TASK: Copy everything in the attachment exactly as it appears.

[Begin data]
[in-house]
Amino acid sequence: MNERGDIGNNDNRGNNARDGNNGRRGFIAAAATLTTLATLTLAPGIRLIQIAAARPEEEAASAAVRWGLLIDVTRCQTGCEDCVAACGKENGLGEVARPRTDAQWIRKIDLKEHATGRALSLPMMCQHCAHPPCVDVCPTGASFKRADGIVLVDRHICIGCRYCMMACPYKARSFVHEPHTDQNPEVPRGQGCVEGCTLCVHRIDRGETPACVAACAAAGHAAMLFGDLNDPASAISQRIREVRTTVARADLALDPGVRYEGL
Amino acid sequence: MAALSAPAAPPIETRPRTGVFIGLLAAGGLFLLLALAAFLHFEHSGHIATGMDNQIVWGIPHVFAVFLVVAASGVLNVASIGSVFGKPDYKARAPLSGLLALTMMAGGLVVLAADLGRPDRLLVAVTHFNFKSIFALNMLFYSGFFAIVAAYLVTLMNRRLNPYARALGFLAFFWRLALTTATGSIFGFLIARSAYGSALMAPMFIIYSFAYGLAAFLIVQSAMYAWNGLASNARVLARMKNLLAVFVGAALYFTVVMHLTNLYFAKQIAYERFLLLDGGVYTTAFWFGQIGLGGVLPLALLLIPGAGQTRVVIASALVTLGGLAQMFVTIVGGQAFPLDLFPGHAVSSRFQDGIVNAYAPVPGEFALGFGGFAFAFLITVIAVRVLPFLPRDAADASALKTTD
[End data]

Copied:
[in-house]
Amino acid sequence: MNERGDIGNNDNRGNNARDGNNGRRGFIAAAATLTTLATLTLAPGIRLIQIAAARPEEEAASAAVRWGLLIDVTRCQTGCEDCVAACGKENGLGEVARPRTDAQWIRKIDLKEHATGRALSLPMMCQHCAHPPCVDVCPTGASFKRADGIVLVDRHICIGCRYCMMACPYKARSFVHEPHTDQNPEVPRGQGCVEGCTLCVHRIDRGETPACVAACAAAGHAAMLFGDLNDPASAISQRIREVRTTVARADLALDPGVRYEGL
Amino acid sequence: MAALSAPAAPPIETRPRTGVFIGLLAAGGLFLLLALAAFLHFEHSGHIATGMDNQIVWGIPHVFAVFLVVAASGVLNVASIGSVFGKPDYKARAPLSGLLALTMMAGGLVVLAADLGRPDRLLVAVTHFNFKSIFALNMLFYSGFFAIVAAYLVTLMNRRLNPYARALGFLAFFWRLALTTATGSIFGFLIARSAYGSALMAPMFIIYSFAYGLAAFLIVQSAMYAWNGLASNARVLARMKNLLAVFVGAALYFTVVMHLTNLYFAKQIAYERFLLLDGGVYTTAFWFGQIGLGGVLPLALLLIPGAGQTRVVIASALVTLGGLAQMFVTIVGGQAFPLDLFPGHAVSSRFQDGIVNAYAPVPGEFALGFGGFAFAFLITVIAVRVLPFLPRDAADASALKTTD